The weather is colder, the End-of-Financial-Year sale signs are in the windows – yep, that means it’s almost tax time. Are you in line to receive a nice refund, or get slugged with an ugly tax payable bill with the ATO?
Regardless of your current position, the good news is that it isn’t too late to improve your standing with the ATO, and in turn boost your tax position in 2016.
Here are some last minute ideas you might be able to employ from now until the end of the month to maximise the deductions you claim on your tax return and reduce the likelihood of owing money to the tax office.
Pay attention to your Internet and Mobile Use
Do you ever work from home out of hours, check your work emails from home on the weekend or make work-related calls on your mobile? If so, it’s likely you can claim at least some your home internet and personal phone expenses as a deduction.
That means it’s important to start taking note of how much of your home internet or mobile phone use is work-related.
For example, if you pay $60 per month for your internet, and you estimate that 40 per cent of your internet use is for work purposes, that adds up to $24 per month ($288 per year) that you can claim as a deduction on your tax return.
Just remember, if you share the costs with a spouse, partner or roommate, you can only calculate the part of the bill that you actually pay for.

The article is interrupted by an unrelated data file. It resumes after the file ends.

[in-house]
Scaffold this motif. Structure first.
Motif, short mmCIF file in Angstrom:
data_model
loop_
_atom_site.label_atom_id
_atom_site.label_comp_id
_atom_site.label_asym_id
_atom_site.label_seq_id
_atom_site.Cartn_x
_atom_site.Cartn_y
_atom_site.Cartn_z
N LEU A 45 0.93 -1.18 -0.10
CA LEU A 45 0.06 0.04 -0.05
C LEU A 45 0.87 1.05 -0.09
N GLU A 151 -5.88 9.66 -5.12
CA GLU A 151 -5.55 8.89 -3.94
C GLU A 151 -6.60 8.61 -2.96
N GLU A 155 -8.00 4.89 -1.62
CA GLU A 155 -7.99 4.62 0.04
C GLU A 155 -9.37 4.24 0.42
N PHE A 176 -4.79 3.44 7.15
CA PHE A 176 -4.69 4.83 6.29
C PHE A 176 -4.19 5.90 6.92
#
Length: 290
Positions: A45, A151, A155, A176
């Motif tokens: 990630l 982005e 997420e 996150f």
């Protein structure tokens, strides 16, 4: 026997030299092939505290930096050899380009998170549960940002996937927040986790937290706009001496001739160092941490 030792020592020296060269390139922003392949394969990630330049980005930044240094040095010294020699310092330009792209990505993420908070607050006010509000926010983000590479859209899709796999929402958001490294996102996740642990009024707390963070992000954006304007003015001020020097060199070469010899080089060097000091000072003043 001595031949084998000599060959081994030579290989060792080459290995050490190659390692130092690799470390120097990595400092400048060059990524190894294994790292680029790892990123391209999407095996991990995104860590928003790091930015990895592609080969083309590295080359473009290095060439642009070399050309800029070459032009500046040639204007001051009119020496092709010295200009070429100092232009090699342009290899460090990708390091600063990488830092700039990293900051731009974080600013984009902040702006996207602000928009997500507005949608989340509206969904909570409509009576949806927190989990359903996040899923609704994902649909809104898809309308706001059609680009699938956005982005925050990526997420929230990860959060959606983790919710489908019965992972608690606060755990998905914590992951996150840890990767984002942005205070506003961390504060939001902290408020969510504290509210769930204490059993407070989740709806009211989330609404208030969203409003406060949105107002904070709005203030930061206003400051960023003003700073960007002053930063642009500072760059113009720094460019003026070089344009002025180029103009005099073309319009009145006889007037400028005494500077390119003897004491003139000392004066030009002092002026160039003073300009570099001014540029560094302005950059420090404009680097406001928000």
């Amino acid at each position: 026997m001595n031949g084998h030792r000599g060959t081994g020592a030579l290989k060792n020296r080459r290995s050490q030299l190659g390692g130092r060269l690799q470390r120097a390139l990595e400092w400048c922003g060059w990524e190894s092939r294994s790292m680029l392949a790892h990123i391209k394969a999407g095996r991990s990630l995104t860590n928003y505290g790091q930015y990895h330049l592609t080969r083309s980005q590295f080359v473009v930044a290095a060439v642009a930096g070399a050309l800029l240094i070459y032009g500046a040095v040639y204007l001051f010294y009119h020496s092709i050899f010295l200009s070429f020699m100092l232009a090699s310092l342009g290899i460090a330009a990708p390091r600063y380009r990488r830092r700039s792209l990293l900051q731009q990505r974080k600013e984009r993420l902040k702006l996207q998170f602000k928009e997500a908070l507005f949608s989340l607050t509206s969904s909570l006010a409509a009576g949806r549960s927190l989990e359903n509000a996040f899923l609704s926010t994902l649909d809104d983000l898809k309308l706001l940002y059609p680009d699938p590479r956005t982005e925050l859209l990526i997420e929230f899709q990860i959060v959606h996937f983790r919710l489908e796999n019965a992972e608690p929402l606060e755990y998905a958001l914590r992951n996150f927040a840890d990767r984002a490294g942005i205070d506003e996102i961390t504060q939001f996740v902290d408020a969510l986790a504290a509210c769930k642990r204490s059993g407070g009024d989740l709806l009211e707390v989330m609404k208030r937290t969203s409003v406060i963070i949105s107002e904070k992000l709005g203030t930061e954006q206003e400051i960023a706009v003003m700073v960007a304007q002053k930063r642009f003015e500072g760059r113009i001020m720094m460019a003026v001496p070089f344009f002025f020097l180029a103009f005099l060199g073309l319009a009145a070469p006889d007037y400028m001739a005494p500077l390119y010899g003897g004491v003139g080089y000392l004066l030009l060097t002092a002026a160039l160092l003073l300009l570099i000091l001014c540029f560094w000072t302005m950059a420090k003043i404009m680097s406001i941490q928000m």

Similarly, if you make work related calls on your mobile phone, estimate the work percentage following the same calculations as above and you’ve got another deduction to boost your refund.
By keeping track of these things now, you’ll end up with more money in your pocket at tax time!
It’s Time for an Upgrade
If you run your own business with an ABN, you might be able to take advantage of the generous small business tax break options. Any business-related items costing under $20,000 each are eligible for an immediate tax deduction in the year you buy them, rather than having to depreciate the purchase over its effective working life.
Before you rush out on a spending spree, however, here’s an important note to remember: Your tax deductions are not a dollar-for-dollar refund. Any expenses you claim are deducted from your taxable income and they don’t come straight back to you in full. You’re likely to get back well under half of the value of the expense—the rest of the expense is paid by you so don’t let budget announcements trick you into becoming over-extended.
Even if you don’t run your own business, you can instantly claim any item that you’ve purchased for income-producing purposes, if it costs less than $300. Items that are more expensive need to be depreciated over their effective working life (check with a tax agent if you’re not sure how to work this out).
Whether it’s a new portable hard drive, a Bluetooth keyboard, or wireless router for your home Wi-Fi network, these purchases can add up and result in a decent deduction off your total income.
It may sound counter-intuitive to suggest that delaying any income could put MORE money in your pocket, but it just might be the best option for you.
Since you are taxed on income you earn in the financial year (from 1 July 2015 to 30 June 2016), delaying that income to July 2016 means you won’t be taxed on it in this financial year. This could include a salary bonus, or capital gains from selling shares, investments or property.
Claim the Cost of Doing Last Year’s Return
Were you among the 70% of Australians who used a registered tax agent to help prepare their tax return in 2015? If so, then you can claim the amount you paid last year on this year’s return. On your tax return, simply put the amount you paid in 2015 into section D10 – “Cost of Managing Tax Affairs”. The fees you pay your tax agent for tax return help are always tax deductible.